In the wake of recent legislated changes improving choice of super fund, the government must not assume the job of super reform is done. Next on the chopping block should be the planned increases to the super guarantee.
The compulsory super rate, already at 9.5%, is scheduled to increase to 10% in July next year.
There is strong evidence — both empirical and theoretical — that superannuation is largely ‘paid for’ through wages forgone.
Wages growth, already weak prior to the COVID recession, simply cannot afford to suffer another hit in the misguided aim of boosting retirement balances.
Where then will the increase come from? Cutting take-home pay is one option — one that is only too real in the COVID recession. Further job losses are another potential way to pay for increased super. Neither is desirable.
The point is not that cancelling the increase will give workers a 0.5% pay rise. It is about limiting the harm that will occur by taking 0.5% from workers’ wages to pay for super. Regardless of claims to the contrary, nothing the government does with super will create, or remove, a wage increase.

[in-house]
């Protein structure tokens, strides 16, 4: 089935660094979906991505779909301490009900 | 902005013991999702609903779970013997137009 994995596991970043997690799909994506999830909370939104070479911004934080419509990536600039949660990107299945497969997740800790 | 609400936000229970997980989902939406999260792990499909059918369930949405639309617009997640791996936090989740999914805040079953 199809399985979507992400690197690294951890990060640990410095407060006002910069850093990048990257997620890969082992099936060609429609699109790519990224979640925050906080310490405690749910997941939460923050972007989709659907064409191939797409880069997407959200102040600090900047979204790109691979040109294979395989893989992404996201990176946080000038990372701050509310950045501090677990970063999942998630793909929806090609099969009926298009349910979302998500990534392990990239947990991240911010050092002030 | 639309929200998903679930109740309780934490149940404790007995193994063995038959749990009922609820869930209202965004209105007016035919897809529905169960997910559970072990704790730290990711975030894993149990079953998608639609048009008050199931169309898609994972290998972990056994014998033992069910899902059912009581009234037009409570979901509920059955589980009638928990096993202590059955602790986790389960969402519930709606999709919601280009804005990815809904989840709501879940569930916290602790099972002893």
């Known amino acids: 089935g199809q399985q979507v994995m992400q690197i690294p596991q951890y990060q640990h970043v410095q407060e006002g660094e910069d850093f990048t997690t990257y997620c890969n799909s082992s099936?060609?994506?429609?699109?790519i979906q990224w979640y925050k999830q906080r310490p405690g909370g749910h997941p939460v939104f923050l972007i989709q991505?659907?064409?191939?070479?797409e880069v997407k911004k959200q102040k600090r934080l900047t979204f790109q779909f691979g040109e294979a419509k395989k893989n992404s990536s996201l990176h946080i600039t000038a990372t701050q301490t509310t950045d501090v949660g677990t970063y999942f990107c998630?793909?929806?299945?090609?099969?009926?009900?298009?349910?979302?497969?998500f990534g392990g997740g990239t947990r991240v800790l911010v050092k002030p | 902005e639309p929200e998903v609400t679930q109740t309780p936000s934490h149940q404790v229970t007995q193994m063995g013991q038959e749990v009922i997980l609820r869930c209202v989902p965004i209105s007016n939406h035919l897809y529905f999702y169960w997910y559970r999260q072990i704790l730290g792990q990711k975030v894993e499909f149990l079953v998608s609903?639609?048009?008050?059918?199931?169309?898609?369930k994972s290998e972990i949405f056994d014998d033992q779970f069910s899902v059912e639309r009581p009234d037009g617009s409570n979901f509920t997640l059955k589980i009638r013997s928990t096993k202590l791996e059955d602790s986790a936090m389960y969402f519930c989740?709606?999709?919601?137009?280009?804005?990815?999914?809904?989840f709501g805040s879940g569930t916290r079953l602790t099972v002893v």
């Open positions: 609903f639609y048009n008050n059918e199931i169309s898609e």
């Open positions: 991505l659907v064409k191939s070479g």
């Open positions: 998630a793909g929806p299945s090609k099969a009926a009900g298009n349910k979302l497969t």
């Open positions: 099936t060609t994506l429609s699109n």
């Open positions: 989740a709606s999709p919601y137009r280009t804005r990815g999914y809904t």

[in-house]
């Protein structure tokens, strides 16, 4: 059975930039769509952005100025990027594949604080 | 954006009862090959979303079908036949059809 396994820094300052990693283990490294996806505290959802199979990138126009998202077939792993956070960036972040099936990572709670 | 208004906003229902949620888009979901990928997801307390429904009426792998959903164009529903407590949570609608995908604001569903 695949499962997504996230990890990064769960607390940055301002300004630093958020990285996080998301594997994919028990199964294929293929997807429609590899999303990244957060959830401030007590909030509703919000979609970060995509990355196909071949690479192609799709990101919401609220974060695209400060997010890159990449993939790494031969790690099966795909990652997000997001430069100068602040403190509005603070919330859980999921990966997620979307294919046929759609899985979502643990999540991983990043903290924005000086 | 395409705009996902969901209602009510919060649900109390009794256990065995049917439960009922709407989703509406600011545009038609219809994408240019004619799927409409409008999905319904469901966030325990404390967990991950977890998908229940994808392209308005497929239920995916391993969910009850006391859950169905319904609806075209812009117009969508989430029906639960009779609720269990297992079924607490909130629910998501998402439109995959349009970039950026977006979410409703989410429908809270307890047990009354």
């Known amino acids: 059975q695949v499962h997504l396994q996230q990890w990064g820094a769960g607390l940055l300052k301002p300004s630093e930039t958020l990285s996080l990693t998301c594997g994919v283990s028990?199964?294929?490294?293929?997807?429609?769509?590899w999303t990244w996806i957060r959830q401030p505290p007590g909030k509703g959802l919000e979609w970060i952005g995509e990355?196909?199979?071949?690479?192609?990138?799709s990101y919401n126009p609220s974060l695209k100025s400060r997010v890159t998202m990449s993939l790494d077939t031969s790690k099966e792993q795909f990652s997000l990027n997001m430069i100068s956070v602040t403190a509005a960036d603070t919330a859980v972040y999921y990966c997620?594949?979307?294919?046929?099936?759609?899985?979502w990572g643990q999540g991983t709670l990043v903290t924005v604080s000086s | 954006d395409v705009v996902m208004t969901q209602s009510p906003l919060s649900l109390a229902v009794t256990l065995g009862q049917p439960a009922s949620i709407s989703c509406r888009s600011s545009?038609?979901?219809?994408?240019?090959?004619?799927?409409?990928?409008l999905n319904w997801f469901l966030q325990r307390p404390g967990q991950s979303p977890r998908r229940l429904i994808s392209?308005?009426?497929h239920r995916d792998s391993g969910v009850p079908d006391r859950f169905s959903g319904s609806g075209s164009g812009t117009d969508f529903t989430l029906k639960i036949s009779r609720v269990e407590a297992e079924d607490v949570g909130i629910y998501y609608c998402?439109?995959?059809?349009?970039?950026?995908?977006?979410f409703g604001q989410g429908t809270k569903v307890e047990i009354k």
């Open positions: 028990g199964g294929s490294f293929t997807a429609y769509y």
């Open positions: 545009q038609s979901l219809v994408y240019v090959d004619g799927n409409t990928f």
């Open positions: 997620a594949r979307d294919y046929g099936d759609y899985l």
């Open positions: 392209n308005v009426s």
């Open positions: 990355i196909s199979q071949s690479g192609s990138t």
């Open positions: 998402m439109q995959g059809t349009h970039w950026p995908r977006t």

While advocates of increasing compulsory super argue the point of the increase is to reduce old-age poverty, this is far more about the adequacy of the age pension than the nature of the super system.
It is worth noting it’s not actually clear the age pension is inadequate in the first place. Our research from 2014 indicated the pension was sufficient on most consumption-based poverty measures, and even fared okay on relative income measures.
Moreover, no evidence has been advanced that the compulsory nature of the system is key to generating age pension savings. The bulk of pension savings almost certainly come from those on average or above-average incomes; who would be likely to save for retirement anyway.
Of course, there is the even more fundamental point that, if anyone believes 9.5% of wages is insufficient to fund their retirement, they could voluntarily increase their contributions to 10% or 12% of their wages without forcing everyone else to do the same.
That this solution is dismissed out of hand shows that much of the motivation for the increase is really about satisfying the vested-interest vultures that feast on compulsory super.
Simon Cowan is Research Director at the Centre for Independent Studies.
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